Section 1983 prevents a person "who, under color of any statute, ordinance, regulation, custom, or usage, of any State or Territory, subjects, or causes to be subjected, any citizen of the United States or other person within the jurisdiction thereof to the deprivation of any rights, privileges, or immunities secured by the Constitution and laws . . . ." 42 U.S.C. § 1983. "The first inquiry in any § 1983 suit, therefore, is whether the plaintiff has been deprived of a right 'secured by the Constitution and laws.'" Baker v. McCollan, 443 U.S. 137, 140 (1979). "It is axiomatic that a successful § 1983 claim requires more than a showing that one has been wronged at the hands of a state or municipal official. Rather, a plaintiff must allege that he has been deprived of some right secured by federal statute or the United States Constitution." Eastway Constr. Corp. v. City of New York, 762 F.2d 243, 249 (2d Cir. 1985). As stated above, plaintiff cannot demonstrate that she was denied a right secured under the Constitution. Therefore, her § 1983 claim must fail. See Baker, 443 U.S. at 146-47 (holding that "[h]aving been deprived of no rights secured under the United States Constitution, respondent had no claim cognizable under § 1983").

Section 1981 "prohibits discrimination that infects the legal process in ways that prevent one from enforcing contract rights, by reason of his or her race, [and it] covers . . . efforts to impede access to the courts or obstruct non-judicial methods of adjudicating disputes about the force of binding obligations." Mian v. Donaldson, Lufkin & Jenrette Sec. Corp., 7 F.3d 1085, 1087 (2d Cir. 1993). A § 1981 claim requires plaintiff to allege: (1) that he is a member of a racial minority; (2) that defendants had an intent to discriminate against him on the basis of race; and (3) that the discrimination concerned one or more of the activities enumerated in the statute, namely to make and enforce contracts, sue and be sued, give evidence, etc. See id. To survive a motion to dismiss, plaintiff's complaint must assert "that the defendant[s'] acts were purposefully discriminatory . . . and racially motivated." Albert v. Carovano, 851 F.2d 561, 571-72 (2d Cir. 1988) (en banc). The Amended Complaint is devoid of any assertions regarding racial discrimination. Indeed, the Amended Complaint fails even to mention plaintiff's race. Accordingly, no § 1981 action can stand.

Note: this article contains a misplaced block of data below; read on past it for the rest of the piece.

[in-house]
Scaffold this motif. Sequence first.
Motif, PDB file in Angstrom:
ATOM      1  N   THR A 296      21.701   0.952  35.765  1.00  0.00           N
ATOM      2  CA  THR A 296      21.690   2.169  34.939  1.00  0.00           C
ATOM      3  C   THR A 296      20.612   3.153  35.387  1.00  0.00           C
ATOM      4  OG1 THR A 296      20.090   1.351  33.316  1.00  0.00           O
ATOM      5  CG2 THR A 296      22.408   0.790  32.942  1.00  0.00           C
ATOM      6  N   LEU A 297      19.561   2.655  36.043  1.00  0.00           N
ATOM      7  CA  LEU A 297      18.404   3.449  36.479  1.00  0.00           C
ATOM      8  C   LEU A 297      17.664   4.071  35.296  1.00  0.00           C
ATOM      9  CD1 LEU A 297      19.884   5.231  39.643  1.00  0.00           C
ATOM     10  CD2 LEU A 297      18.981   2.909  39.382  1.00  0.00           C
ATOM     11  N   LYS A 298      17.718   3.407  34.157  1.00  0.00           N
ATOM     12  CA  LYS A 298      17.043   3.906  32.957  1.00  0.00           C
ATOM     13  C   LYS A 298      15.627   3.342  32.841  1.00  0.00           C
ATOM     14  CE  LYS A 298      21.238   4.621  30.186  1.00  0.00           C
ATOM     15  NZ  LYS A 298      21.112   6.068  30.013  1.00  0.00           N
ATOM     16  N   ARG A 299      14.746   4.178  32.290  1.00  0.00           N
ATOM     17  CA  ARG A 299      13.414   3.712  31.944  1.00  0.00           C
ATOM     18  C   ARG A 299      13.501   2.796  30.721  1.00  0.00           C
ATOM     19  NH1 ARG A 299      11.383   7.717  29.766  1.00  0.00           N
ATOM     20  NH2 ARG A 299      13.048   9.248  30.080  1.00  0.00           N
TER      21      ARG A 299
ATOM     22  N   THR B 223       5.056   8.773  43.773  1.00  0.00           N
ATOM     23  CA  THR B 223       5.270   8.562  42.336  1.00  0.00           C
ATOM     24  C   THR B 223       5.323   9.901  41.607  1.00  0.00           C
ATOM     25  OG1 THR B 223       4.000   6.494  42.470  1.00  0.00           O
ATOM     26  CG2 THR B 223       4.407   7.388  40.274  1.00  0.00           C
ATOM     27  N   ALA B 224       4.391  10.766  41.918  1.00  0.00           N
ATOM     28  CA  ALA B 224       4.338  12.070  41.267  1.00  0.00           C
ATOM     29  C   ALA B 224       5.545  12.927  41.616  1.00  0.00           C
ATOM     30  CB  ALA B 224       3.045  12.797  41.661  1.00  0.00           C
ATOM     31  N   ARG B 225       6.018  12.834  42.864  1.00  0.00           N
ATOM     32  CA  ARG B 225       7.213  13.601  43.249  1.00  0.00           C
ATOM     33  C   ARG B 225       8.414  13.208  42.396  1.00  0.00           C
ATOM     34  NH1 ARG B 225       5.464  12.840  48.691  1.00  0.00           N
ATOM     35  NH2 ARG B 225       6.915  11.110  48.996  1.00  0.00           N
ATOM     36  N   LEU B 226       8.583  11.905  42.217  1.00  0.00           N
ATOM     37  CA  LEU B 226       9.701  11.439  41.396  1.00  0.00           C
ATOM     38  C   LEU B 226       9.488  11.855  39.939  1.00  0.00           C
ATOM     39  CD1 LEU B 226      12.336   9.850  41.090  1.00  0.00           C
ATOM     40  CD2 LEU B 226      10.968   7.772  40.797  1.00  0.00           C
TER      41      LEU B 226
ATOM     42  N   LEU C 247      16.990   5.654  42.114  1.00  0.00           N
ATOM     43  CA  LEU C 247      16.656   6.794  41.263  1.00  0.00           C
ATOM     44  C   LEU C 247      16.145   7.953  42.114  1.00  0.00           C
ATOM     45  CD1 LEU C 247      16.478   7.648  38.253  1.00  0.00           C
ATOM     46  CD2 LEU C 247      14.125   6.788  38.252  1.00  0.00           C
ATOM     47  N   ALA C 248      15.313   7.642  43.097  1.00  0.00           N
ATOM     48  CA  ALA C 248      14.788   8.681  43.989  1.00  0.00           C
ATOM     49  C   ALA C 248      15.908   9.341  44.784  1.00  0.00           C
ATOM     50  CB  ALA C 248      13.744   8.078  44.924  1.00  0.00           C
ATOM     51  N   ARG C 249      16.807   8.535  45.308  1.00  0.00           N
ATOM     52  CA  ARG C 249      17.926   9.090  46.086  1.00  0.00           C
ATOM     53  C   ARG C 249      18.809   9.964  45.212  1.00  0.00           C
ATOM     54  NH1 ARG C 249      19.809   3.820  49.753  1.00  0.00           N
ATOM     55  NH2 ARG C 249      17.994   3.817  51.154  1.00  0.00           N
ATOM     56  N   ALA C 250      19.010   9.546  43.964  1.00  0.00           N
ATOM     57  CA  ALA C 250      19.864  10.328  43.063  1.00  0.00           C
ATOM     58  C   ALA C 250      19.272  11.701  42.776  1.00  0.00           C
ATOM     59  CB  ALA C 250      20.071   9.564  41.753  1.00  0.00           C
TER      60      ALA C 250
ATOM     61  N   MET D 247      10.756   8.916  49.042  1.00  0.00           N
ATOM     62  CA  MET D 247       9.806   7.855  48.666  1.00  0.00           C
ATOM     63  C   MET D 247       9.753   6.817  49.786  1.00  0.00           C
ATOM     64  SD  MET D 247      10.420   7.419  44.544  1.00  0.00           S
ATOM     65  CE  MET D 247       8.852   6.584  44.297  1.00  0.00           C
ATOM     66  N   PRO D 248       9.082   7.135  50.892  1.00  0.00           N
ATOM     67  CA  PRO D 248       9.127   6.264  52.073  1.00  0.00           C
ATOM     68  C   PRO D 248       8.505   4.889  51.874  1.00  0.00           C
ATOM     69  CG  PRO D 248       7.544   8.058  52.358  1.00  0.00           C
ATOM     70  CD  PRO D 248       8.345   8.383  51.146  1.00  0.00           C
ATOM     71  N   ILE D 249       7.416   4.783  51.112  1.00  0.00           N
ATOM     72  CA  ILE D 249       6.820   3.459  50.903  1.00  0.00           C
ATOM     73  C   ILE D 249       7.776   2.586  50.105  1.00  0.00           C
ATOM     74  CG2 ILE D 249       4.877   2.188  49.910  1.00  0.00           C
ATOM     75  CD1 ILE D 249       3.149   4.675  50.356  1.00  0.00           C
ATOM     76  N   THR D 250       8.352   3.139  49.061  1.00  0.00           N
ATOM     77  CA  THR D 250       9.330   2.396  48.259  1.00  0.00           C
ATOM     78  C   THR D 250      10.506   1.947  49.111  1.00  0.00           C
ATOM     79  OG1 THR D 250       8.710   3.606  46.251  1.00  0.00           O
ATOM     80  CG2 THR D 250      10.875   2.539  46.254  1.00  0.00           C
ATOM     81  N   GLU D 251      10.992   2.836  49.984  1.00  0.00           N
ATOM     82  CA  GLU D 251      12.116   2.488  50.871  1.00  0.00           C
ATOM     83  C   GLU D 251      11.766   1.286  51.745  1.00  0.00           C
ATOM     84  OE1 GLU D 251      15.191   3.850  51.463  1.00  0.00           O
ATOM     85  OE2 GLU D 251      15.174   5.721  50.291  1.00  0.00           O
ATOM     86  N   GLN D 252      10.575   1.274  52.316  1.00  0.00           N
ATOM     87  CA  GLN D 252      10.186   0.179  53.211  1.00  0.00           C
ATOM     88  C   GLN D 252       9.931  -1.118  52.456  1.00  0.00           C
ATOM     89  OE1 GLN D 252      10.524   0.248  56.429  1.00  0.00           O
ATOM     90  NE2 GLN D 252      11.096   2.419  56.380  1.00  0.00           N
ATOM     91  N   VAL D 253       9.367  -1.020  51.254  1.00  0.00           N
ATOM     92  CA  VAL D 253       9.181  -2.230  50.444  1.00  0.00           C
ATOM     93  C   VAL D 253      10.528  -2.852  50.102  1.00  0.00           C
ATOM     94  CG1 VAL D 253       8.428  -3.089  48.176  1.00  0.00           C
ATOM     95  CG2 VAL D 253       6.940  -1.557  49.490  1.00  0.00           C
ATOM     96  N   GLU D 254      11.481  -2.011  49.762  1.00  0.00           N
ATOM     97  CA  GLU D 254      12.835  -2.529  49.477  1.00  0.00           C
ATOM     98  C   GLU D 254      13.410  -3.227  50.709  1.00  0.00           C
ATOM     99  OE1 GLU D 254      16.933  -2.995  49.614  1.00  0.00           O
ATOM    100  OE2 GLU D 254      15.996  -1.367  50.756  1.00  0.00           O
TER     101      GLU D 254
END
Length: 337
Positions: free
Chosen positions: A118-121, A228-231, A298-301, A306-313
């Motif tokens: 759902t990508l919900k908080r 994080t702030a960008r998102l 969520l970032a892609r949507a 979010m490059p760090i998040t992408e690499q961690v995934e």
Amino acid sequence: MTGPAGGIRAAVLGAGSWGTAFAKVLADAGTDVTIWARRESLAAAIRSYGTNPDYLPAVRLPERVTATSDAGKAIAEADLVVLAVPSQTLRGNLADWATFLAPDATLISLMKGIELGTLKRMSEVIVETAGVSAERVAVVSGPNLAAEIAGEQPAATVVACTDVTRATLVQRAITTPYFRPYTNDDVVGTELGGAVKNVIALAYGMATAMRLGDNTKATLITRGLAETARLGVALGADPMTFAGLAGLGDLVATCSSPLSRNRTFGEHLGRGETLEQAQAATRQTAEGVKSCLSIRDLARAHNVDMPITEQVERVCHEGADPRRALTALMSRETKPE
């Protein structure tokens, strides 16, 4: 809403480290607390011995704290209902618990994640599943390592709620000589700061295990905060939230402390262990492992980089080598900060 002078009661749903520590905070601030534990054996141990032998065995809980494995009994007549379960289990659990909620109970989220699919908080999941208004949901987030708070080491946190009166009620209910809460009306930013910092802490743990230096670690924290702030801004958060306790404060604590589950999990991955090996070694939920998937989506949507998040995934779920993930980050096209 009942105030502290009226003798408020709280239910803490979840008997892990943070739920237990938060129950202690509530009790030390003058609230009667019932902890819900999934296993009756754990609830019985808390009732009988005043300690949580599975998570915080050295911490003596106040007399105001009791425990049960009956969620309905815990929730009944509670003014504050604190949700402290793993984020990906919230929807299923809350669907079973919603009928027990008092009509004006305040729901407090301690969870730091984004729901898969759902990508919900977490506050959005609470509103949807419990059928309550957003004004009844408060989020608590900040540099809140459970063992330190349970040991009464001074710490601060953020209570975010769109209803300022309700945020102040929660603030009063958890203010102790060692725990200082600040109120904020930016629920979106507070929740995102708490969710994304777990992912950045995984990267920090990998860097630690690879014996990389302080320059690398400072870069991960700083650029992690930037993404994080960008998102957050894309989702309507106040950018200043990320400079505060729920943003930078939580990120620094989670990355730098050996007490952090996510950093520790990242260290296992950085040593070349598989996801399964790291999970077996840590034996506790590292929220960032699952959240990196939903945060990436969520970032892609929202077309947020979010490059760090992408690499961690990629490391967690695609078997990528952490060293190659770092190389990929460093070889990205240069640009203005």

For similar reasons, plaintiff's § 1985 cause of action also is defective. Narrower in scope than § 1983, see Blankman v. County of Nassau, 819 F. Supp. 198, 205 (E.D.N.Y. 1993), under § 1985(3)*fn4 a plaintiff must plead "'(1) a conspiracy; (2) for the purpose of depriving, either directly or indirectly, any person or class of persons of equal protection of the laws, or of equal privileges and immunities under the laws; (3) an act in furtherance of the conspiracy; (4) whereby a person is either injured in his person or property or deprived of any right of the citizens of the United States.'" Fox v. City of New York, No. 03 Civ. 2268, 2004 WL 856299, at *9 (S.D.N.Y. Apr. 20, 2004) (quoting Mian, 7 F.3d at 1087-88). "Furthermore, the conspiracy must also be motivated by 'some racial or perhaps otherwise class-based, invidious discriminatory animus behind the conspirators' action.'" Mian, 7 F.3d at 1088 (quoting United Bhd. of Carpenters, Local 610 v. Scott, 463 U.S. 825, 829 (1983)). "A plaintiff states a viable cause of action under § 1985 [excepting clause 1 of § 1985(2)] only by alleging a deprivation of his rights on account of his membership in a particular class of individuals." Zemsky v. City of New York, 821 F.2d 148, 151 (2d Cir. 1987) (modification in original). Here, plaintiff asserts that she was deprived of education and transportation based on her membership in a class of plaintiffs born in December of each year. However, as discussed, plaintiff cannot demonstrate that she was deprived of a right secured by statute or the Constitution. Although plaintiff alleges that the defendants conspired to deny her education, she has failed to allege an improper motivation for such a conspiracy. Therefore, plaintiff's § 1985 claim must fail.


For all the foregoing reasons, the motion of defendants Katonah-Lewisboro School District, Robert Lichtenfeld, and James Minihan is granted, and the action is dismissed in its entirety with prejudice.